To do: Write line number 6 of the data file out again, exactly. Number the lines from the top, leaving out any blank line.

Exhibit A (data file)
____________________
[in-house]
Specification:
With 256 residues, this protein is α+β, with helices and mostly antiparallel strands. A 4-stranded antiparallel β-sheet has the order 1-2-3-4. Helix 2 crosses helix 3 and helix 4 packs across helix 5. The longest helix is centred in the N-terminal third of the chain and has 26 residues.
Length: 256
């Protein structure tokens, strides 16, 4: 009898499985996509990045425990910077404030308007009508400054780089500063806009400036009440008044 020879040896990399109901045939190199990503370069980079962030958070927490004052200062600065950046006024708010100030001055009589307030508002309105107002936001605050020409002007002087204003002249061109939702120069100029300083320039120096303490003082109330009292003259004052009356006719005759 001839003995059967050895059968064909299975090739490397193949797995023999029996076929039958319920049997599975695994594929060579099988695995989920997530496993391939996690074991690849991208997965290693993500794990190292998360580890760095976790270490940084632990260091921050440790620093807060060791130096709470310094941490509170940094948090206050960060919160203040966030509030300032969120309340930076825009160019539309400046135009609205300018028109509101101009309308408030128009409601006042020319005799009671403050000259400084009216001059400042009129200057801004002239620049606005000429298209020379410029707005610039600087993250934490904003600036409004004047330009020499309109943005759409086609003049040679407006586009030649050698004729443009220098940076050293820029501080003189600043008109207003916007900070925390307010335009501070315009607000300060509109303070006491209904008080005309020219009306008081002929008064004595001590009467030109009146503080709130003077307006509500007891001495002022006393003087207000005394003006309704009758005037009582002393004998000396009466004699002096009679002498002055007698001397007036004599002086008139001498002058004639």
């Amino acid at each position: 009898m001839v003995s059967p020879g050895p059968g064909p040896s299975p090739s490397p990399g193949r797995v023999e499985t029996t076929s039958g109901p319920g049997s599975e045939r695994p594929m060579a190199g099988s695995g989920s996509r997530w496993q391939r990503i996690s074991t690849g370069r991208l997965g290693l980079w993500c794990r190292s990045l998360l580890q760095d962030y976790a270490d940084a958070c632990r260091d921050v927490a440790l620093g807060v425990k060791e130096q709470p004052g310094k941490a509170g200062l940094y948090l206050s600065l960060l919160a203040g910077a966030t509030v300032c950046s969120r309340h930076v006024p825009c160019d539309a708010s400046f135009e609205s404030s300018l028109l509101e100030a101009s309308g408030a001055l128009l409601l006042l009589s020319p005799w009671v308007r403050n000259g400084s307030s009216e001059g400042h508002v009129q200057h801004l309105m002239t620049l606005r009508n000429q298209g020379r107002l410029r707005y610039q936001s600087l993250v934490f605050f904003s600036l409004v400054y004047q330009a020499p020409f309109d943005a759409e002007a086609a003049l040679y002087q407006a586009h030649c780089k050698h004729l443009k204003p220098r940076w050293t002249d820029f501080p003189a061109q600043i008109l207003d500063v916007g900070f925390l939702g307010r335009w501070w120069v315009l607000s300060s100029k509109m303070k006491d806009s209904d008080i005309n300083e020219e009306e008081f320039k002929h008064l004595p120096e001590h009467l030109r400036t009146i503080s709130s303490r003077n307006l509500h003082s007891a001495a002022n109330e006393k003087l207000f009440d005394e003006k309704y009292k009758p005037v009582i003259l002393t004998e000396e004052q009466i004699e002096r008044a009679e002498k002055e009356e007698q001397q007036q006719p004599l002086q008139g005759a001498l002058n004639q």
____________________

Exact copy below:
């Amino acid at each position: 009898m001839v003995s059967p020879g050895p059968g064909p040896s299975p090739s490397p990399g193949r797995v023999e499985t029996t076929s039958g109901p319920g049997s599975e045939r695994p594929m060579a190199g099988s695995g989920s996509r997530w496993q391939r990503i996690s074991t690849g370069r991208l997965g290693l980079w993500c794990r190292s990045l998360l580890q760095d962030y976790a270490d940084a958070c632990r260091d921050v927490a440790l620093g807060v425990k060791e130096q709470p004052g310094k941490a509170g200062l940094y948090l206050s600065l960060l919160a203040g910077a966030t509030v300032c950046s969120r309340h930076v006024p825009c160019d539309a708010s400046f135009e609205s404030s300018l028109l509101e100030a101009s309308g408030a001055l128009l409601l006042l009589s020319p005799w009671v308007r403050n000259g400084s307030s009216e001059g400042h508002v009129q200057h801004l309105m002239t620049l606005r009508n000429q298209g020379r107002l410029r707005y610039q936001s600087l993250v934490f605050f904003s600036l409004v400054y004047q330009a020499p020409f309109d943005a759409e002007a086609a003049l040679y002087q407006a586009h030649c780089k050698h004729l443009k204003p220098r940076w050293t002249d820029f501080p003189a061109q600043i008109l207003d500063v916007g900070f925390l939702g307010r335009w501070w120069v315009l607000s300060s100029k509109m303070k006491d806009s209904d008080i005309n300083e020219e009306e008081f320039k002929h008064l004595p120096e001590h009467l030109r400036t009146i503080s709130s303490r003077n307006l509500h003082s007891a001495a002022n109330e006393k003087l207000f009440d005394e003006k309704y009292k009758p005037v009582i003259l002393t004998e000396e004052q009466i004699e002096r008044a009679e002498k002055e009356e007698q001397q007036q006719p004599l002086q008139g005759a001498l002058n004639q």